I am so very pleased that all you care about is that he got diversion as a tongan.

              No he got diversion because he is a body that plays rugby, and it is not the first time that a body that plays rugby and wear the all black jersey bashes/assaults/sexually assaults a women and and a two game suspension should teach him? right?

              Seriously, the fucker should have been given a prison term. But then so as long as he just bashes a women its ok? right? Cause bashing women is as Kiwi as is the All Black jersey. It goes hand in hand.

              As for his ethnicity, the fucker is a women basher. That is all he is.
              Maybe they should have sentenced the All Black jersey wearing women beater to pay a few hundred hours of therapy for her.

              But nah, diversion and a two weeks suspension.
              Fuck the all blacks. Fuck them. All of them.

              • The Al1en

                Just think, if you'd written "Fuck the Tongans. Fuck them. All of them", most people would have pounced, posting how you were crassly mass generalising to the point of wankery.

                Good job all the non woman beating rugby meatheads don't know how to use the internet. 😉

                • Descendant Of Smith

                  I've played a lot of sports and there has been a few violent thugs in all of them. It's not exclusive to rugby and nor is diversion exclusive to rugby players. I've done things other than sports and there has been violent thugs there as well.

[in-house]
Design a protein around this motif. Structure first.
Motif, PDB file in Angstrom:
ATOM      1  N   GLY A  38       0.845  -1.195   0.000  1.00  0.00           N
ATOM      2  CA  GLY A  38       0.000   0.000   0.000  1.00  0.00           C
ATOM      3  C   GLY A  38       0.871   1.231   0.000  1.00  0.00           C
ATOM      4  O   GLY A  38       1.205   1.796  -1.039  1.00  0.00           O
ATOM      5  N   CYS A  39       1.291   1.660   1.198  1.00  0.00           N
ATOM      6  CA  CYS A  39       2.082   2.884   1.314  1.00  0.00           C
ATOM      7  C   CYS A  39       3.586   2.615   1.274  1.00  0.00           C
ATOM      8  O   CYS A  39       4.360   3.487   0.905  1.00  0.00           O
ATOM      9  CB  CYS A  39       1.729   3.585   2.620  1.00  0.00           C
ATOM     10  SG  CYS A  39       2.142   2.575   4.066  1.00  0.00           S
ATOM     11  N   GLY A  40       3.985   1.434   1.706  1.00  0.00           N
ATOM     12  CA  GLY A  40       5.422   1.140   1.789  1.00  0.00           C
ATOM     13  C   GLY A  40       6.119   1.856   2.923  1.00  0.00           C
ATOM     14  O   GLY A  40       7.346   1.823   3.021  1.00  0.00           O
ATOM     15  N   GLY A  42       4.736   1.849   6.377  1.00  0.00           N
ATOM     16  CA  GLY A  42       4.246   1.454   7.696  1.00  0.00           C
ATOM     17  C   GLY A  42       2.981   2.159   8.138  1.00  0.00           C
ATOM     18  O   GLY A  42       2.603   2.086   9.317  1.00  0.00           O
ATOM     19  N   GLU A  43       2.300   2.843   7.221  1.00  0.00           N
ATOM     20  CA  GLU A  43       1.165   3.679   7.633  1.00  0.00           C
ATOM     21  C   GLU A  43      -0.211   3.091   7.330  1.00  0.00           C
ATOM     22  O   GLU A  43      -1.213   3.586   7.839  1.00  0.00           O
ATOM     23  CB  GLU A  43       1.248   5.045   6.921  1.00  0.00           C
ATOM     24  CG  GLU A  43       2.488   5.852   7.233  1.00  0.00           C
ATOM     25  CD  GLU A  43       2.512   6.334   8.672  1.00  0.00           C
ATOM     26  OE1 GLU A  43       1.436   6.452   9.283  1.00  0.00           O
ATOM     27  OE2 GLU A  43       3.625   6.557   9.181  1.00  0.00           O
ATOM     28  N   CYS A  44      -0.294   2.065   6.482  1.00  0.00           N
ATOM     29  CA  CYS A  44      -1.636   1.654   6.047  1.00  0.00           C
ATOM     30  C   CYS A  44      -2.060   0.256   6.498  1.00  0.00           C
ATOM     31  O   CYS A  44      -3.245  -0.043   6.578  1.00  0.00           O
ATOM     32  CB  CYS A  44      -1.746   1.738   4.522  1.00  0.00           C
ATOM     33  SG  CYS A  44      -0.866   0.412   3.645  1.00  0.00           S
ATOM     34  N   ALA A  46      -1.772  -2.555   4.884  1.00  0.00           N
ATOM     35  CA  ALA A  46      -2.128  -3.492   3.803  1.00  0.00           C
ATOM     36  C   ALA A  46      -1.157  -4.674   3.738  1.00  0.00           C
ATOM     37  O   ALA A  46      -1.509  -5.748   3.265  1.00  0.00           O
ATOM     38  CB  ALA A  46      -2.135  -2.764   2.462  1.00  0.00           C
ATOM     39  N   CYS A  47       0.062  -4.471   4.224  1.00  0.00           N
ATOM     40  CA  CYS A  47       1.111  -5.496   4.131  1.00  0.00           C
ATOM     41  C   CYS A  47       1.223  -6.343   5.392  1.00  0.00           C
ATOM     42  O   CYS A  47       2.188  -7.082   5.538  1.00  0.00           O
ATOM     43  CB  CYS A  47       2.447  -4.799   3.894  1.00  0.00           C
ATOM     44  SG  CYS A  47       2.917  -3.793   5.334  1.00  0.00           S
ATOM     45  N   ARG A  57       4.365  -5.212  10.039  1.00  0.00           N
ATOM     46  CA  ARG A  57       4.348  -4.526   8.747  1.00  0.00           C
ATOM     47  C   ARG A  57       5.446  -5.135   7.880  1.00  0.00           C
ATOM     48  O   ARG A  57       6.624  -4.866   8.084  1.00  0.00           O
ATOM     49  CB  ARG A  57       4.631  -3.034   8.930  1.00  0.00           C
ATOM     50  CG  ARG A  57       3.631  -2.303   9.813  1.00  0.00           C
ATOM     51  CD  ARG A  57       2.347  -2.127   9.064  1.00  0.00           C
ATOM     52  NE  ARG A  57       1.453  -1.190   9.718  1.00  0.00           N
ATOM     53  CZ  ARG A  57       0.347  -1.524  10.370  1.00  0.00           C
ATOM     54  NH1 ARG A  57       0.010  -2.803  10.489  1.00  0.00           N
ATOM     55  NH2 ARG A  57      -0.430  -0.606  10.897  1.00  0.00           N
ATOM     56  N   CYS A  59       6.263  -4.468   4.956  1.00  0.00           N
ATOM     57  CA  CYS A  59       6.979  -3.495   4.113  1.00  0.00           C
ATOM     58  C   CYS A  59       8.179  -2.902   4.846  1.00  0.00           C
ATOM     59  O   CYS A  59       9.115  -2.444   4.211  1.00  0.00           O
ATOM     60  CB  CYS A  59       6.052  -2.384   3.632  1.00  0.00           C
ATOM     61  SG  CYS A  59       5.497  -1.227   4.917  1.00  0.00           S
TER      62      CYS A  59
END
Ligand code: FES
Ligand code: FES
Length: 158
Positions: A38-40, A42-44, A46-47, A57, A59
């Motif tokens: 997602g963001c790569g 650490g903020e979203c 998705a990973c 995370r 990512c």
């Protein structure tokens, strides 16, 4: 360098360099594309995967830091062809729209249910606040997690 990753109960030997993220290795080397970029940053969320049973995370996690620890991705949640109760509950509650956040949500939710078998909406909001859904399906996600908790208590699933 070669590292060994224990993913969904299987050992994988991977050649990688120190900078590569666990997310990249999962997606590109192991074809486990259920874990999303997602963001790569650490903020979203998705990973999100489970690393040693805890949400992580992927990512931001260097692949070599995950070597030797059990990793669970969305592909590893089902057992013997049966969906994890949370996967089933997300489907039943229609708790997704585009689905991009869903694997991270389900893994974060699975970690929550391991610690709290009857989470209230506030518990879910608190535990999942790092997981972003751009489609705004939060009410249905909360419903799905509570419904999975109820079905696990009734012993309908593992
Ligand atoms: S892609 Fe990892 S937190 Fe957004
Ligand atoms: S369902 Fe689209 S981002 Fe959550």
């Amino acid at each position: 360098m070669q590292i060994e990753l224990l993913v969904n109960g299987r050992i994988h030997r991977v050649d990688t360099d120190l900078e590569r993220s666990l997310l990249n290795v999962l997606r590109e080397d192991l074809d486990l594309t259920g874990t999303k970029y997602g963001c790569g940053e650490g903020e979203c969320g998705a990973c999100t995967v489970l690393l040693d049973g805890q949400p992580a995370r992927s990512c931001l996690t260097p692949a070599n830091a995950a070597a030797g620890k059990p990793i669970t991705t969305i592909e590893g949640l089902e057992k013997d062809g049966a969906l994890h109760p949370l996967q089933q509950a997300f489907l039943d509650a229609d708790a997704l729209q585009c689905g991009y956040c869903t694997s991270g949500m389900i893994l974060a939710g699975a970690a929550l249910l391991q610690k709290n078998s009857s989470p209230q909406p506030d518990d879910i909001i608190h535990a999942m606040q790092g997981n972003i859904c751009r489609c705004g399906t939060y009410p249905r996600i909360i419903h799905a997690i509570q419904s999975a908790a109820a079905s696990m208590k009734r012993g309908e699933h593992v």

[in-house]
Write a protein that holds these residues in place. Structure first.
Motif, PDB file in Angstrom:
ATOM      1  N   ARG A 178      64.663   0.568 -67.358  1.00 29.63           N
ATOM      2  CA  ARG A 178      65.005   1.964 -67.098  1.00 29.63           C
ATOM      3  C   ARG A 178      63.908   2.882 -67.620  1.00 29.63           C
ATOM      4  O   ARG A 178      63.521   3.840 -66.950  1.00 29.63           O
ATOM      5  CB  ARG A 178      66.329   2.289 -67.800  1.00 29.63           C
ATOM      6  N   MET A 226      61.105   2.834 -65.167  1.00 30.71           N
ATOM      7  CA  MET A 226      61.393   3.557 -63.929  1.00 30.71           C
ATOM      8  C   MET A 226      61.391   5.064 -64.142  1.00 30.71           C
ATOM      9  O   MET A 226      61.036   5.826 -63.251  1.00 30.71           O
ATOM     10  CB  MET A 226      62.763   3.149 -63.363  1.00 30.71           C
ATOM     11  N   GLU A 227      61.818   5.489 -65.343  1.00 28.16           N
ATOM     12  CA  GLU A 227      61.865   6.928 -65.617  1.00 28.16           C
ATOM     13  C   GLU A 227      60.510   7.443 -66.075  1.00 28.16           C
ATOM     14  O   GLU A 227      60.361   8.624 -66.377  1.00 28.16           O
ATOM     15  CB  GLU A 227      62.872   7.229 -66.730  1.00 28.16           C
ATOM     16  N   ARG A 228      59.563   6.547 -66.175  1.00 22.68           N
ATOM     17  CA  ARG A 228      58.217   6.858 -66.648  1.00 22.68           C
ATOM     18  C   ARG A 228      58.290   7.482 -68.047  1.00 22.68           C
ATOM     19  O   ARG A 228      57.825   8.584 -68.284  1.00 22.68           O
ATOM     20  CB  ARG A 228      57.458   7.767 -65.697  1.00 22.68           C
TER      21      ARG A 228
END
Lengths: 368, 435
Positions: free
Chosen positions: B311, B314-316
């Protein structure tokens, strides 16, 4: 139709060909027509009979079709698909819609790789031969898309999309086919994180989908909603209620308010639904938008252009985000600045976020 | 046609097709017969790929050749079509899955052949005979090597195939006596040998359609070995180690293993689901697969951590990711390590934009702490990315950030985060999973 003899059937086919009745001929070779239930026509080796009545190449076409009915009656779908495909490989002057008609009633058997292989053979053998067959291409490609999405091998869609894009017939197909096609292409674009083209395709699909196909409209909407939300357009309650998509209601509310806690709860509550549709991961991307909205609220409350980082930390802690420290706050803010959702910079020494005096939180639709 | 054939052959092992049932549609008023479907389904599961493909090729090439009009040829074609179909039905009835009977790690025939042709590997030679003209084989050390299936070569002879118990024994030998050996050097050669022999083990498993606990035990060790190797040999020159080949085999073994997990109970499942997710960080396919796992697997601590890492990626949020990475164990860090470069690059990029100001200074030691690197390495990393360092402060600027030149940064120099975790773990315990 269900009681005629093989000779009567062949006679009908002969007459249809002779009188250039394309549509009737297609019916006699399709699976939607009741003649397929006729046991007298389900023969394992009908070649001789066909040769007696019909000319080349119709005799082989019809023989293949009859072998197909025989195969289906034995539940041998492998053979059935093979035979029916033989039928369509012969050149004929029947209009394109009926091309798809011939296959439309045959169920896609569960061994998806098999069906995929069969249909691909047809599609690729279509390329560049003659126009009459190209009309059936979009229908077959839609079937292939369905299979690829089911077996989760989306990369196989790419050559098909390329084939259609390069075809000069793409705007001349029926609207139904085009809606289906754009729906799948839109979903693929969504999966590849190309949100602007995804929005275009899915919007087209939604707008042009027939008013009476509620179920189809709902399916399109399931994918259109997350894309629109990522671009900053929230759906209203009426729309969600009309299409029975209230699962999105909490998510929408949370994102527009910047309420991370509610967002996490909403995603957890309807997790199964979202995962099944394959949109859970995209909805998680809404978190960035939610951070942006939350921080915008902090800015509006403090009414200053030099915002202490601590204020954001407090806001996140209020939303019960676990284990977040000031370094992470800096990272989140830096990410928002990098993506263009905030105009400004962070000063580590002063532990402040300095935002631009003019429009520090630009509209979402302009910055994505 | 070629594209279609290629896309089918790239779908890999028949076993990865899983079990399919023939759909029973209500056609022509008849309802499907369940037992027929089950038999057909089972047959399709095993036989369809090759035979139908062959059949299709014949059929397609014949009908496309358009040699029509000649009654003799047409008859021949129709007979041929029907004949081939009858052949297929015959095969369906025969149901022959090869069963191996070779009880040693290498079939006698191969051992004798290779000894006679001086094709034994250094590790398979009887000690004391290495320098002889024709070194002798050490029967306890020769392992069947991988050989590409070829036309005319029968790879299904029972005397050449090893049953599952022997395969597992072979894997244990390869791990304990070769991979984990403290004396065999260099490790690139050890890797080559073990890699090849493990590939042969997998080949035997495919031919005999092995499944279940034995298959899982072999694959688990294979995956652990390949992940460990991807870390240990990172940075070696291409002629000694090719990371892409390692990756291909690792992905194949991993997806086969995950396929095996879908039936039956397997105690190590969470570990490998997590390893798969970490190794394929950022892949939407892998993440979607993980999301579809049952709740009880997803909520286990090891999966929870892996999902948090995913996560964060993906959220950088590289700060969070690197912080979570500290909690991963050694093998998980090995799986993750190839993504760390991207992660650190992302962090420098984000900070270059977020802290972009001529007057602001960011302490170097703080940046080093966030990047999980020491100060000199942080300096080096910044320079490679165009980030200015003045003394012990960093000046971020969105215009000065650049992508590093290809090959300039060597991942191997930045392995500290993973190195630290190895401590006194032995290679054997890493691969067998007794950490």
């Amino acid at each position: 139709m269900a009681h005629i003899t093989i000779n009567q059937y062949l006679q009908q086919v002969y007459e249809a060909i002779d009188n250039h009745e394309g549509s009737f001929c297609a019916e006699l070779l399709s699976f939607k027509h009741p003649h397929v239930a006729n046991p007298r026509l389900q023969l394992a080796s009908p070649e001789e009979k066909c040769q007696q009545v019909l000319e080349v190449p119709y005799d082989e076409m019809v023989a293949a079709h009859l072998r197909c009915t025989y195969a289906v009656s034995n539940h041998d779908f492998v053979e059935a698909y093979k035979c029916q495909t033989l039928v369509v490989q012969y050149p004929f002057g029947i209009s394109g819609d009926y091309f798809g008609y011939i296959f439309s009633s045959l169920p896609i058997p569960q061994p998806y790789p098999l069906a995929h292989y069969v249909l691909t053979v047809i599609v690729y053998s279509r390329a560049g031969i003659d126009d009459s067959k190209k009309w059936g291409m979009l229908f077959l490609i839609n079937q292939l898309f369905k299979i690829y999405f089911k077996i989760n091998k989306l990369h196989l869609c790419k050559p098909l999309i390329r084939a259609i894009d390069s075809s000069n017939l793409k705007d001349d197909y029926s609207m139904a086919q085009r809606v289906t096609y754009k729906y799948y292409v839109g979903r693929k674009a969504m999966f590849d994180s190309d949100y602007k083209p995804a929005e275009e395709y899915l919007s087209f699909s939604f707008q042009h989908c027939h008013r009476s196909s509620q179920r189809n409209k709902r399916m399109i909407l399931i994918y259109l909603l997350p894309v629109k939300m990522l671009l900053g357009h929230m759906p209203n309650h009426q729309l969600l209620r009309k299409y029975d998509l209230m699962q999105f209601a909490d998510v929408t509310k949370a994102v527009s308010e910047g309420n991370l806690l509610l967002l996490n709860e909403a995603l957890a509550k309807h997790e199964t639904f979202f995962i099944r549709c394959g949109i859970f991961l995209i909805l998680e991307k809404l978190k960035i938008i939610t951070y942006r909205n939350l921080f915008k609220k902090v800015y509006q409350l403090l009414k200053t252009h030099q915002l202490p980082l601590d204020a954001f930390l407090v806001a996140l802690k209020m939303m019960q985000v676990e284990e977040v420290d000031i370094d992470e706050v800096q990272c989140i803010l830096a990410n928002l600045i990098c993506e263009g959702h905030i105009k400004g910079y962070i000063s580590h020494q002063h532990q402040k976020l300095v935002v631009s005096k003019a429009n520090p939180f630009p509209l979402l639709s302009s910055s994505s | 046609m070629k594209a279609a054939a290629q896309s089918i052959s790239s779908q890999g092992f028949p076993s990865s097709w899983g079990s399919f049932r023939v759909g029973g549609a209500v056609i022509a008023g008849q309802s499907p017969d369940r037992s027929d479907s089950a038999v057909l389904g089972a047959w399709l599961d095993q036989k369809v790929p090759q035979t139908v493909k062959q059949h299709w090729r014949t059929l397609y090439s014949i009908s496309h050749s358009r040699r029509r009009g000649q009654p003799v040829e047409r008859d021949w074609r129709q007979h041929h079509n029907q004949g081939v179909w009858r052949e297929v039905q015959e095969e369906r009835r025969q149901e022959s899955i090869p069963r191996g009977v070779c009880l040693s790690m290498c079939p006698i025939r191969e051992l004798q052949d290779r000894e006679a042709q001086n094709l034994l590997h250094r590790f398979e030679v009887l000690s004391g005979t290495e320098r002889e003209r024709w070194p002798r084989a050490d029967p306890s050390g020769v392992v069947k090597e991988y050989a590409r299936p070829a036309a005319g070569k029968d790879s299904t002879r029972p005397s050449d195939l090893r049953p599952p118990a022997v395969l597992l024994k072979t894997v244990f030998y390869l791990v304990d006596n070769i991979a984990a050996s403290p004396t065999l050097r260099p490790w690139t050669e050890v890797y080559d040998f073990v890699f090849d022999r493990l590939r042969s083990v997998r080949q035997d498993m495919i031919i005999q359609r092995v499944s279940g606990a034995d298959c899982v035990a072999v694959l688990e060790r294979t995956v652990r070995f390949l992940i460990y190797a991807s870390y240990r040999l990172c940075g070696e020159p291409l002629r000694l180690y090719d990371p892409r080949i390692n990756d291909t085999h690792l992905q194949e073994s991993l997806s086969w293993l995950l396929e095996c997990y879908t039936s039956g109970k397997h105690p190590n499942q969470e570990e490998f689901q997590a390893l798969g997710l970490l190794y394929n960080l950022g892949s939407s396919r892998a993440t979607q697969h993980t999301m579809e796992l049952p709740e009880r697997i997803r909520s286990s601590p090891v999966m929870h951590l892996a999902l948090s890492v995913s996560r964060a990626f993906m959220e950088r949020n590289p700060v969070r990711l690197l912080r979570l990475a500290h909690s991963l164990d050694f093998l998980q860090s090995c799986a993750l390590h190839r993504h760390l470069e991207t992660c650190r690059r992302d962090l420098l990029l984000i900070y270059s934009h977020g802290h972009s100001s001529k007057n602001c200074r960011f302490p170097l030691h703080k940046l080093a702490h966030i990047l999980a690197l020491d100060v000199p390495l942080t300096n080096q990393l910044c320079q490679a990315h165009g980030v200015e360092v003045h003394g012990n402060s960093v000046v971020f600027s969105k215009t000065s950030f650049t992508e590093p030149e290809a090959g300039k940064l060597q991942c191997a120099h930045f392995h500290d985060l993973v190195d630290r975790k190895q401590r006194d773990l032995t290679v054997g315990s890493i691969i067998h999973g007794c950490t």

Violence is endemic in New Zealand – always has been. Violence is a learned behaviour and in most cases can be unlearned – although it takes a bit of effort. It is a better option than jail.

                  One of the unattractive things about this site (well a certain cohort of people on this site) is the rabid like behaviour that emerges whenever rugby crops up. There are plenty of people who clearly have an issue with rugby. Whether it is a result bad experiences with rugby, drinking and violence, whether it is a legacy of the Springbok tour or whether you just prefer soccer was our national sport doesn't really matter to me.

                  The vast majority of rugby players are not violent and are lovely people who happen to like a particular game.

                  "I am so very pleased that all you care about is that he got diversion as a tongan."

                  Don't put words in my mouth I didn't say particularly when anyone who has followed my posts over the years would know I'm both anti-war and anti-violence. I'm also anti-imprisoning lots of the population and pro-rehabilitation.

                  I and other family members have also had a lot of experience as victims of violence.